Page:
Sony Ericsson posted quarterly results that show it continues to gain market share against some competitors but is doing so at the expense of its bottom line.
The fourth-largest handset maker posted its first year-over-year profit drop in two years, saying third quarter net earnings fell 10 percent to 267 million euros (US$379 million). Revenue was up 6.7 percent to 3.1 billion euros ($4.4 billion).
Handset shipments rose 31 percent year-over-year, to 25.9 million units. The company estimated it gained 1 percent market share in the quarter.
A Needed Shift?
The earnings report is the first from the joint venture between Japan’s Sony and Sweden’s Ericsson since longtime President Miles Flint’s unexpected September announcement that he would leave the company.
Sony Ericsson had been warning that its shift in strategy to embrace lower-cost handset models would be a drag on profits, but said the shift is needed to gain traction in emerging markets and to expand its customer base in all markets.
In the third quarter, the company generated “significant year-on-year volume growth with a portfolio of products spread across the widest variety of price points in the company’s history,” Flint said.
Mixing High and Low
Higher-end models remain a key part of the product strategy, Flint said, citing the company’s recently launched new P1 smartphone and its W580 slider Walkman phone. It is also launching a high-end version of its Cybershot camera phone ahead of the holiday season.
“We are confident that the remainder of the year will see us further capitalize on this new broader portfolio,” said Flint.
Flint is slated to hand over the reins of Sony Ericsson next month to Sony executive Hideki Komiyama, who comes from that company’s consumer electronics business unit.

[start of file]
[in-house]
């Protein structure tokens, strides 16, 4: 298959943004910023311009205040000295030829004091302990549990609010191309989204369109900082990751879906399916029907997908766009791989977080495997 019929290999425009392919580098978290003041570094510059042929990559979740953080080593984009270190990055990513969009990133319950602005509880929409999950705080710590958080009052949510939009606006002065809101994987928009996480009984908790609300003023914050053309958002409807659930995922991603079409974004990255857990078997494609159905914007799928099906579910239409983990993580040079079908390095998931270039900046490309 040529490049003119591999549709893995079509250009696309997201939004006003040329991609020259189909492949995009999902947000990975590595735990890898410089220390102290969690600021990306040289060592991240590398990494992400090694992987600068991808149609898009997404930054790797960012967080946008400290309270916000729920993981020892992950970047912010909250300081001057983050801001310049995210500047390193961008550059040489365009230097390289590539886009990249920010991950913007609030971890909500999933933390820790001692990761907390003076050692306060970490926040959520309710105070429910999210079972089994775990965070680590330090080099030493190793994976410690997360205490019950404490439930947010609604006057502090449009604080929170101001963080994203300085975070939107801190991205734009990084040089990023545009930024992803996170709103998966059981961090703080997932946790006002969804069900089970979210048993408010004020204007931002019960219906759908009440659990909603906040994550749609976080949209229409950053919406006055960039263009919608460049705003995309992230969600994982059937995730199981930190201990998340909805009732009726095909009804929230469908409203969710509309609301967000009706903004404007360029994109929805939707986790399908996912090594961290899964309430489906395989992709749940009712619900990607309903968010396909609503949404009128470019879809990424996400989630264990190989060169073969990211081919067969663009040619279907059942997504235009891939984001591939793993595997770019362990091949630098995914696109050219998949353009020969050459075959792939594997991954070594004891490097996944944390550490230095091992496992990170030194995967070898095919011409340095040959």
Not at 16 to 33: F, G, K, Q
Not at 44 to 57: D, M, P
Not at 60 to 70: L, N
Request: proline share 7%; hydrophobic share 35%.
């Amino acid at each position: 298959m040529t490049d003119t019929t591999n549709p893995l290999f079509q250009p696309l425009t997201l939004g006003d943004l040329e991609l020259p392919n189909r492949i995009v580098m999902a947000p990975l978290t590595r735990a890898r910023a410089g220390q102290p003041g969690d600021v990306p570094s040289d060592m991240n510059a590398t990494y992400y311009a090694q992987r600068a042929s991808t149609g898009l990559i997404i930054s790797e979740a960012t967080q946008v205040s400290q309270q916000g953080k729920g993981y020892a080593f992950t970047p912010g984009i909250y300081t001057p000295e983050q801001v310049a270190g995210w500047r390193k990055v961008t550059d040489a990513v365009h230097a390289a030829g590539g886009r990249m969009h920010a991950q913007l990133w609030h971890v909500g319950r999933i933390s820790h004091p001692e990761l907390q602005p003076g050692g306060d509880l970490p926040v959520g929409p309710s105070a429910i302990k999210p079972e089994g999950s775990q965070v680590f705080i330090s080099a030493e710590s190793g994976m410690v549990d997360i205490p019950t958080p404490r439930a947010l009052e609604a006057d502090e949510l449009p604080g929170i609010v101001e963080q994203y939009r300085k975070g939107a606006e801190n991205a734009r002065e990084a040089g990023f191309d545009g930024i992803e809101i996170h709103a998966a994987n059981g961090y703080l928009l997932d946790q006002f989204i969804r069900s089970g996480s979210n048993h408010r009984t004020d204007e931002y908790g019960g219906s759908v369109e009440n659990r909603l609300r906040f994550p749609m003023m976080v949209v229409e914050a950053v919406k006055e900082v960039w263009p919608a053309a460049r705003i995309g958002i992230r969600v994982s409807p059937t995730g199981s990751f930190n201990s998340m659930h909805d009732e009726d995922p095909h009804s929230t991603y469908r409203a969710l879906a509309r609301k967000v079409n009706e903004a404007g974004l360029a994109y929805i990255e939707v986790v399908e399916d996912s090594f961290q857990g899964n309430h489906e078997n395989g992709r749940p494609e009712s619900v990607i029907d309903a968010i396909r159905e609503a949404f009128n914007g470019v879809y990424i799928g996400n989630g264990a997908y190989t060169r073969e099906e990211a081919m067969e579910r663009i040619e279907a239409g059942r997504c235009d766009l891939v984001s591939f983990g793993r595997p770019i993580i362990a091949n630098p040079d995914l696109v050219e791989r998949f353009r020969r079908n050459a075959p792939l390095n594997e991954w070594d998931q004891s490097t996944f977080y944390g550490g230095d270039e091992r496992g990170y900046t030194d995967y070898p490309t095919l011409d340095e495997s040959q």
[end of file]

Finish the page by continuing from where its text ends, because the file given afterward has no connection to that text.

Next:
During his time at the company, Flint helped the joint venture leverage the Sony brand to roll out multifunction phones such as music phones based on Walkman technology and camera phones that integrate the popular Cybershot design.
More recently, Sony Ericsson began adding lower-cost phones to its portfolio. While that move may be well-timed as the market’s growth shifts to new geographies, shipments were expected to rise even faster, Ovum analyst Martin Garner told the E-Commerce Times.
“After the very strong run of the last few quarters, this is a little disappointing,” Garner said. Ovum had been expecting Sony Ericsson to move up in the market share rankings this year, though the prospect of that is now in doubt.
Faster growth could resume shortly, however, with the company promising a strong product lineup for the important fourth quarter. “Volumes and revenues should improve and profits may as well as the portfolio balances out,” Garner added.
Sony Ericsson saw its market share rise to around 9 percent in the second quarter, up from less than 7 percent in the same time frame of 2006, according to data from Gartner. Those gains came largely at the expense of struggling No. 2 Motorola, whose market share fell from 22 percent to less than 15 percent. Samsung ranks third with 13 percent.
Sony Ericsson and other handset makers have seen Apple and Research In Motion, the maker of the BlackBerry, grab much of the high-end smart-phone growth in recent months, Gartner analyst Alan Brown told the E-Commerce Times.
“Sony Ericsson’s portfolio at the high-end stacks up well, and now it is adding products that are doing well in Latin America and markets like Africa,” Brown said. “It is dealing with the same balancing act as Motorola and others — trying to meet the demand for low-cost models in emerging markets without letting selling prices or profit margins drop too low.”
The joint venture may be well positioned to walk that tightrope, and could continue to find ways to fold Sony consumer electronics hits into its phones. For instance, the company may seek to create a phone based on the Sony PlayStation Portable (PSP) gaming and video device, Flint said.